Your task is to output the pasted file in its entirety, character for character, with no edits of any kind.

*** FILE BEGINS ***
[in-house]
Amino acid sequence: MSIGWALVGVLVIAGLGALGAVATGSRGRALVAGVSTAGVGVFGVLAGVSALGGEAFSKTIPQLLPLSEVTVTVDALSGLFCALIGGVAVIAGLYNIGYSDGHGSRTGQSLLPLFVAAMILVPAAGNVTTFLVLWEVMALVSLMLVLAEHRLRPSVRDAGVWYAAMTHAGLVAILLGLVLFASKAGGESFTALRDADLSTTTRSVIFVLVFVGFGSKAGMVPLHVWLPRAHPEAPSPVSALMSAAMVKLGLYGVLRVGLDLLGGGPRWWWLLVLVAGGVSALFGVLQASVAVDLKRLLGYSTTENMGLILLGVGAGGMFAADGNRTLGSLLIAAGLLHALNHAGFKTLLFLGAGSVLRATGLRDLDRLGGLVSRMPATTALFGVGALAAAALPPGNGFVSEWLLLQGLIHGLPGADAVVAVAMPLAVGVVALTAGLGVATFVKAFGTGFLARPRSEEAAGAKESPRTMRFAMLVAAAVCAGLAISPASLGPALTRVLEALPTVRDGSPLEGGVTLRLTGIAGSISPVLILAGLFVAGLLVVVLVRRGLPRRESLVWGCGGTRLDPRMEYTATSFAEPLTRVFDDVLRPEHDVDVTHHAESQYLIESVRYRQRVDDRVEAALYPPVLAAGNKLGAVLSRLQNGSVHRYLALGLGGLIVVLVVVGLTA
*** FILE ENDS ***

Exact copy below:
[in-house]
Amino acid sequence: MSIGWALVGVLVIAGLGALGAVATGSRGRALVAGVSTAGVGVFGVLAGVSALGGEAFSKTIPQLLPLSEVTVTVDALSGLFCALIGGVAVIAGLYNIGYSDGHGSRTGQSLLPLFVAAMILVPAAGNVTTFLVLWEVMALVSLMLVLAEHRLRPSVRDAGVWYAAMTHAGLVAILLGLVLFASKAGGESFTALRDADLSTTTRSVIFVLVFVGFGSKAGMVPLHVWLPRAHPEAPSPVSALMSAAMVKLGLYGVLRVGLDLLGGGPRWWWLLVLVAGGVSALFGVLQASVAVDLKRLLGYSTTENMGLILLGVGAGGMFAADGNRTLGSLLIAAGLLHALNHAGFKTLLFLGAGSVLRATGLRDLDRLGGLVSRMPATTALFGVGALAAAALPPGNGFVSEWLLLQGLIHGLPGADAVVAVAMPLAVGVVALTAGLGVATFVKAFGTGFLARPRSEEAAGAKESPRTMRFAMLVAAAVCAGLAISPASLGPALTRVLEALPTVRDGSPLEGGVTLRLTGIAGSISPVLILAGLFVAGLLVVVLVRRGLPRRESLVWGCGGTRLDPRMEYTATSFAEPLTRVFDDVLRPEHDVDVTHHAESQYLIESVRYRQRVDDRVEAALYPPVLAAGNKLGAVLSRLQNGSVHRYLALGLGGLIVVLVVVGLTA